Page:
This doesn’t mean you can’t eat your meat, it just means you should consider eating less. If the roast is cooked and on the table don’t let the beast go to waste do it justice and devour every last morsel. But keep in mind the ecological footprint that goes with your consumption and consider taking on a few veggie protein meals a week in place of your meat protein. If this is something you would like to look into I personally recommend the The Truth About Meat‘ as a non-preachy or emotive look at meat consumption as you won’t feel guilted about your decision at the end of it if you do decide to continue eating meat protein.




If you are flying for your holiday season, emissions are unavoidable.

However, there are a few things you can do to make your journey a little more ‘eco’:

  • Check for direct flights (if you can afford them) as they will result in fewer emissions. A tip for getting direct flights at a reasonable price is to wait for airline sale periods.
  • Consider how you plan to get to the airport. Use the tips above to find the best option for you. Again, careful contemplation can help with this. Usually, suburbs near airports are cheaper to live in (they can be a bit noisy) and have access to public transport. If you fly regularly and are considering moving house, perhaps you could shack up near the airport. When your plane lands it’s a short walk or bus ride home! 
  • Pack wisely. Put some useful items in your carry on. I always try to bring an empty water bottle on to avoid wastage with plastic bottles. Some airlines won’t be ok with this. Check their websites to see. Even if you can’t take most of your eco utensils on board, you can check them in for the other end. You might pack drawstring cotton bags, a fold-up carry bag with handles, a water bottle, reusable coffee cup, folding bowl or plate, and a reusable straw. Then you are set!
  • Ask questions. You might annoy the cabin crew with your packaging questions, but it’s always good to ask how the food they serve will be packaged. Aim for a mid-flight snack or meal with the least amount of packaging. If they don’t have recycling on the plane, you and you can take the wrappers with you on landing and to make sure your recyclables don’t end up in landfill.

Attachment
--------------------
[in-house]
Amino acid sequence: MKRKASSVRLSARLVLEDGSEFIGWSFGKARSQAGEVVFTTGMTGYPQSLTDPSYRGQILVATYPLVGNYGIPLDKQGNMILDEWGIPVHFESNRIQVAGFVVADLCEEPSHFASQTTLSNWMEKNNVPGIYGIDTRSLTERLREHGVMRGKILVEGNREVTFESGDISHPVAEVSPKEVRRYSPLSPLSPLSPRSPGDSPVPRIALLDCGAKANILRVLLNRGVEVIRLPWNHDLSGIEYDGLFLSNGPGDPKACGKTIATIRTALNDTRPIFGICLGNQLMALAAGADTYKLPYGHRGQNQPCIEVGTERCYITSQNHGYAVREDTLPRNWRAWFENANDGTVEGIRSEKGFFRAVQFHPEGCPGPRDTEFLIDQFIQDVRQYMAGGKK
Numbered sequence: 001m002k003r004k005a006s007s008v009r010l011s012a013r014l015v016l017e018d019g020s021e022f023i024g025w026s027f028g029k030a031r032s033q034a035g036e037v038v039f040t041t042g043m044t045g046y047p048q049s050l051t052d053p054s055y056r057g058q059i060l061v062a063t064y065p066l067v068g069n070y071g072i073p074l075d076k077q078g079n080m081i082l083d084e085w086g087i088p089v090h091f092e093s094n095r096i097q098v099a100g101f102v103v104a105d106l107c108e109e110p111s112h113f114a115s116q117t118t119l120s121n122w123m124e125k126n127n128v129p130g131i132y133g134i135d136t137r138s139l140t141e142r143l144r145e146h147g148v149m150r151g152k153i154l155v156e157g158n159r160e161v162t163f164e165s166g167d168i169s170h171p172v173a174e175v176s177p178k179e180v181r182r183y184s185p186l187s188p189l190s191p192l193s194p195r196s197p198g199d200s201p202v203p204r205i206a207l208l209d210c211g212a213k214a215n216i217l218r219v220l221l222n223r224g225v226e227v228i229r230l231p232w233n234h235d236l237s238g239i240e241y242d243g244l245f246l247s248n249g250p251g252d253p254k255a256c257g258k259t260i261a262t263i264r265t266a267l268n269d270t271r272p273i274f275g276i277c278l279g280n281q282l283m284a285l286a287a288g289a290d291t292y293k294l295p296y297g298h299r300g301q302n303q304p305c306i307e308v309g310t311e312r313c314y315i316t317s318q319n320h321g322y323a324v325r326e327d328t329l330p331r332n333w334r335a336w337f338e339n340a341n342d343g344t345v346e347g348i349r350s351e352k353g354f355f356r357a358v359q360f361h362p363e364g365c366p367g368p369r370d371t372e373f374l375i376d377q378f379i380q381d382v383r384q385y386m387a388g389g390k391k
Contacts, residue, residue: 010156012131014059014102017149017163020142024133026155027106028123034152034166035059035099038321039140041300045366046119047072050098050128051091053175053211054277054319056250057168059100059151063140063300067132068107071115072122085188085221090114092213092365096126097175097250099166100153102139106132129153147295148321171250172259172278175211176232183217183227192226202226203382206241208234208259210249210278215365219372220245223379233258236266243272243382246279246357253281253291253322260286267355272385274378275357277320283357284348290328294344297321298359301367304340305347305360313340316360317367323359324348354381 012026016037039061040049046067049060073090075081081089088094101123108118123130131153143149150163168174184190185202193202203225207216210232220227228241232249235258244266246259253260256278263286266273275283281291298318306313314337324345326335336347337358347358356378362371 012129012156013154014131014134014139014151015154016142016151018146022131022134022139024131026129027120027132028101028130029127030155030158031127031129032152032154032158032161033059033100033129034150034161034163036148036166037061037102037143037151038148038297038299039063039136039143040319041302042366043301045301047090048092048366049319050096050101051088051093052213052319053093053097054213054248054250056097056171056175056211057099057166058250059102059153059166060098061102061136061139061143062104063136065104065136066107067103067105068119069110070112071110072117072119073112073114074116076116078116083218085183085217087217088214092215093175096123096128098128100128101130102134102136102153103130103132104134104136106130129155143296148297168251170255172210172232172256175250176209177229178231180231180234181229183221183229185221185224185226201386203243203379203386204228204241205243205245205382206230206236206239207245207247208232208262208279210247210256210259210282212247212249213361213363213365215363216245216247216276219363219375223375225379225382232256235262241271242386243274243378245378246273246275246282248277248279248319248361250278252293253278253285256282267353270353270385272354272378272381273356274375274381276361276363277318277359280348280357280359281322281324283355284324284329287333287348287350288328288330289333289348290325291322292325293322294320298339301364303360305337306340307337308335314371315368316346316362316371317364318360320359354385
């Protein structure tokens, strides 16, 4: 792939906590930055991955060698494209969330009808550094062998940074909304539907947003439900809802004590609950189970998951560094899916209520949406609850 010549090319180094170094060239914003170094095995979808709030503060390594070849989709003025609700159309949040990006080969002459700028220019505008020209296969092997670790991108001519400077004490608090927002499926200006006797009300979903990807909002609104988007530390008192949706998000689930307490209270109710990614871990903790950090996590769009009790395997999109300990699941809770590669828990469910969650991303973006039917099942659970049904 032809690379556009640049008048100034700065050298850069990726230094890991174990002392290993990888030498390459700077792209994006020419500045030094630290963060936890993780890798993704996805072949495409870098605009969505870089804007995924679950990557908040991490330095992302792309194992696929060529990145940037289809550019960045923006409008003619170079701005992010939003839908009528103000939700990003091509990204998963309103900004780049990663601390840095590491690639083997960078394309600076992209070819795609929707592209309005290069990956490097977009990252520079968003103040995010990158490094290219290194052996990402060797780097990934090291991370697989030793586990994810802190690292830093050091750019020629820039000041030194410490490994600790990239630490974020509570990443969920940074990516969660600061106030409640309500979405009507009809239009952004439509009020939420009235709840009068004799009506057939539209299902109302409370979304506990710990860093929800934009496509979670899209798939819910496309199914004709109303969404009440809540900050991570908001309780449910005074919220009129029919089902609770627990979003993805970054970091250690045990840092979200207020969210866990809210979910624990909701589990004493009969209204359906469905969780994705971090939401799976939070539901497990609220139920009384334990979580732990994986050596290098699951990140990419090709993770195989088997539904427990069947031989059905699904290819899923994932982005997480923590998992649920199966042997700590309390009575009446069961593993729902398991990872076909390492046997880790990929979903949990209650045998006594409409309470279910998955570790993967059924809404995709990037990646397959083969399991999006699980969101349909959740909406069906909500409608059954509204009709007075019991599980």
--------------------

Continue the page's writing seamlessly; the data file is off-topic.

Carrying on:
• On landing, buy local. Supporting the local economy and culture is the best way to ‘give back’ to the places you are visiting. Step away from the McDonalds burger and head to a local cafe instead!
  • And finally, buy Carbon offsets if offered.

If you like this post you might also like to check out:


 Have you seen our Sustainably Stylish approach to the festive season? You can download it as a free PDF infographic. Use it as the background on your phone, or print it on recycled paper and put it somewhere you will see it often throughout the holiday season.

Download Please


If you find taking action over the holiday season a bit overwhelming, why not use our Values Motivators based approach to reduce the ‘where do I start’ stress. It will help you work out if getting a Tofu Turkey, spending Christmas day planting trees, ordering all your presents online from an eco-friendly shopping service, or volunteering at the soup kitchen should get shuffled to the top of your To-Do list.


Is Sustainably Stylish living during the holiday season got you feeling a bit stressed out? We’ve got you covered with FREE resources to help you combat eco-overwhelm.

Click here to find out about our unique approach to caring for your Sustainable Self (including our eight-part toolkit) as you live life in Sustainable Style.